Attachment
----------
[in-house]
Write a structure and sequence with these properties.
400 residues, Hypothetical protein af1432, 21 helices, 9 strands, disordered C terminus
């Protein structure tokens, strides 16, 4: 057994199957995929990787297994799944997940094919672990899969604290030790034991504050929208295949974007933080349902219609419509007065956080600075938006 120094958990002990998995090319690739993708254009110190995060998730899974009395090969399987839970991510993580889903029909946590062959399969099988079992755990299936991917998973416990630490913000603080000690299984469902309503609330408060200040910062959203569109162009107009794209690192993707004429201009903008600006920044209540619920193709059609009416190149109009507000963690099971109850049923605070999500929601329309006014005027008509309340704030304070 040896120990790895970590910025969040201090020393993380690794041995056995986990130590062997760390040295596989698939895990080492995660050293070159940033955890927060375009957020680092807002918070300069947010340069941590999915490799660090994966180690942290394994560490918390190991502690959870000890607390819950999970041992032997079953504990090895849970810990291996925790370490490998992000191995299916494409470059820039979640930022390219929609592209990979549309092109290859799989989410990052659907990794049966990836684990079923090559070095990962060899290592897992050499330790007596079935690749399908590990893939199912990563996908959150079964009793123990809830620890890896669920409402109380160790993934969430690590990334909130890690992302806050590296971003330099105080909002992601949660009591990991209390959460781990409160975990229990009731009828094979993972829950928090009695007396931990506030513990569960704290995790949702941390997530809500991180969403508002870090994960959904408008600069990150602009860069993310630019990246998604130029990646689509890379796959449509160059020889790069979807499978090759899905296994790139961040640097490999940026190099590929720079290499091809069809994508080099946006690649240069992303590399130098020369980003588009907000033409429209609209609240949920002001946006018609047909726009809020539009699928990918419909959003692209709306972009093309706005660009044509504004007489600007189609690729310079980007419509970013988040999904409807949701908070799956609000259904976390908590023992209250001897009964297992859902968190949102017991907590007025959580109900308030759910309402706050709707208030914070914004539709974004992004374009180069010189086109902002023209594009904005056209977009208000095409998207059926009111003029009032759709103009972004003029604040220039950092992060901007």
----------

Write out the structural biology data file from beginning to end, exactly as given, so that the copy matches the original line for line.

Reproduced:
[in-house]
Write a structure and sequence with these properties.
400 residues, Hypothetical protein af1432, 21 helices, 9 strands, disordered C terminus
């Protein structure tokens, strides 16, 4: 057994199957995929990787297994799944997940094919672990899969604290030790034991504050929208295949974007933080349902219609419509007065956080600075938006 120094958990002990998995090319690739993708254009110190995060998730899974009395090969399987839970991510993580889903029909946590062959399969099988079992755990299936991917998973416990630490913000603080000690299984469902309503609330408060200040910062959203569109162009107009794209690192993707004429201009903008600006920044209540619920193709059609009416190149109009507000963690099971109850049923605070999500929601329309006014005027008509309340704030304070 040896120990790895970590910025969040201090020393993380690794041995056995986990130590062997760390040295596989698939895990080492995660050293070159940033955890927060375009957020680092807002918070300069947010340069941590999915490799660090994966180690942290394994560490918390190991502690959870000890607390819950999970041992032997079953504990090895849970810990291996925790370490490998992000191995299916494409470059820039979640930022390219929609592209990979549309092109290859799989989410990052659907990794049966990836684990079923090559070095990962060899290592897992050499330790007596079935690749399908590990893939199912990563996908959150079964009793123990809830620890890896669920409402109380160790993934969430690590990334909130890690992302806050590296971003330099105080909002992601949660009591990991209390959460781990409160975990229990009731009828094979993972829950928090009695007396931990506030513990569960704290995790949702941390997530809500991180969403508002870090994960959904408008600069990150602009860069993310630019990246998604130029990646689509890379796959449509160059020889790069979807499978090759899905296994790139961040640097490999940026190099590929720079290499091809069809994508080099946006690649240069992303590399130098020369980003588009907000033409429209609209609240949920002001946006018609047909726009809020539009699928990918419909959003692209709306972009093309706005660009044509504004007489600007189609690729310079980007419509970013988040999904409807949701908070799956609000259904976390908590023992209250001897009964297992859902968190949102017991907590007025959580109900308030759910309402706050709707208030914070914004539709974004992004374009180069010189086109902002023209594009904005056209977009208000095409998207059926009111003029009032759709103009972004003029604040220039950092992060901007």